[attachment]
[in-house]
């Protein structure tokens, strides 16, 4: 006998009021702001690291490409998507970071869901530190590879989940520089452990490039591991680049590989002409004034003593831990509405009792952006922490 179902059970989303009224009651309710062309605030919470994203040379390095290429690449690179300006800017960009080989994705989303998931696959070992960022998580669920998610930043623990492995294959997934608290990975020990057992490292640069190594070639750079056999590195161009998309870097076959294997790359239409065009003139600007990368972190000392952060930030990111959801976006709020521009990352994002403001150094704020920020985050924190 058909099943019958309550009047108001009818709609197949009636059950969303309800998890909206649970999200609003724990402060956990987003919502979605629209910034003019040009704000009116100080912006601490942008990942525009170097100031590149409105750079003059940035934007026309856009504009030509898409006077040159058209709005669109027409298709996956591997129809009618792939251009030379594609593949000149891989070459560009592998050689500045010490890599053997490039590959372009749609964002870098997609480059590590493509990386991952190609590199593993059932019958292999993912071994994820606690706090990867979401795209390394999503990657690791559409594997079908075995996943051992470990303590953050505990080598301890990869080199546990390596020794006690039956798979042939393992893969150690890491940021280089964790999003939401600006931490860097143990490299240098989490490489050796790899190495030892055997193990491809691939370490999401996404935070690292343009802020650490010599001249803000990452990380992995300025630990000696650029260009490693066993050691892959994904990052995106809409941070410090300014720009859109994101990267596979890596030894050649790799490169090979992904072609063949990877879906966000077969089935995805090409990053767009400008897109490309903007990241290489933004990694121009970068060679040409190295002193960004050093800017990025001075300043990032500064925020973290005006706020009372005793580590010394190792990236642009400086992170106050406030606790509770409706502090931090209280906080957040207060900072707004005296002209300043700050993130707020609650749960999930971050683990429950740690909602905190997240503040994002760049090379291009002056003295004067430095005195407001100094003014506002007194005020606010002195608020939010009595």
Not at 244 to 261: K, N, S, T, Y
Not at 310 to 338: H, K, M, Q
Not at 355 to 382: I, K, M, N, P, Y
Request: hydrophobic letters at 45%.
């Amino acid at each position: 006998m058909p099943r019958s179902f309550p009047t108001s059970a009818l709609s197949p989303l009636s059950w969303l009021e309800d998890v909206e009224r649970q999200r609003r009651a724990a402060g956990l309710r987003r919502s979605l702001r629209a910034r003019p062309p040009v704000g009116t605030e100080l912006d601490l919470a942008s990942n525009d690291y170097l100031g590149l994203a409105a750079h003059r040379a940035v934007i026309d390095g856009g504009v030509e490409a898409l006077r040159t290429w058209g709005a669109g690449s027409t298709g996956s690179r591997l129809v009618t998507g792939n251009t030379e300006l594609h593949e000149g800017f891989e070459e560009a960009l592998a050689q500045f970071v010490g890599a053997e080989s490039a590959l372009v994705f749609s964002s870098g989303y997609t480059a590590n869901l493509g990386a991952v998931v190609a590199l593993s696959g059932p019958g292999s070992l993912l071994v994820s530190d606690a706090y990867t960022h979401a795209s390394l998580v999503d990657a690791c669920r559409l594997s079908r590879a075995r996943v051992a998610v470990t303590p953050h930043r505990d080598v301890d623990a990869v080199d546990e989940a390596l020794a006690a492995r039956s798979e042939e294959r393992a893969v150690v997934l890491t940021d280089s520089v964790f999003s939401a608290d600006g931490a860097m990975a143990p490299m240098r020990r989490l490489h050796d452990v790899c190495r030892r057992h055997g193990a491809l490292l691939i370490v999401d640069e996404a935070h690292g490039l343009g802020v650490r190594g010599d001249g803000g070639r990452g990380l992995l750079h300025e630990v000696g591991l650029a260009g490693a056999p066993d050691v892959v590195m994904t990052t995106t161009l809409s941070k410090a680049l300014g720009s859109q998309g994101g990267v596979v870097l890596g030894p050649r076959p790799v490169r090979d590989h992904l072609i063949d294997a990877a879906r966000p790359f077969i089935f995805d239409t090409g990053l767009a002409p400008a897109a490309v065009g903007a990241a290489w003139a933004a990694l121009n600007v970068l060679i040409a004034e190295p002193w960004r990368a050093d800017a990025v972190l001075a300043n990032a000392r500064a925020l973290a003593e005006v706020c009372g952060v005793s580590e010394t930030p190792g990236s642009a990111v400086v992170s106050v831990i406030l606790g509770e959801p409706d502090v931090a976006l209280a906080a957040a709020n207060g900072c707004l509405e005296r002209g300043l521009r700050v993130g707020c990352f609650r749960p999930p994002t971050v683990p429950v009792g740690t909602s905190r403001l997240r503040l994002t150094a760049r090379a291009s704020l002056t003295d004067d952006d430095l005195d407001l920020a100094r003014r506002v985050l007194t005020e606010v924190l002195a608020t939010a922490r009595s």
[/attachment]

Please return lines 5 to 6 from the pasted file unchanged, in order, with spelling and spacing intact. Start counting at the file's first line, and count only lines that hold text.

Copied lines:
Not at 355 to 382: I, K, M, N, P, Y
Request: hydrophobic letters at 45%.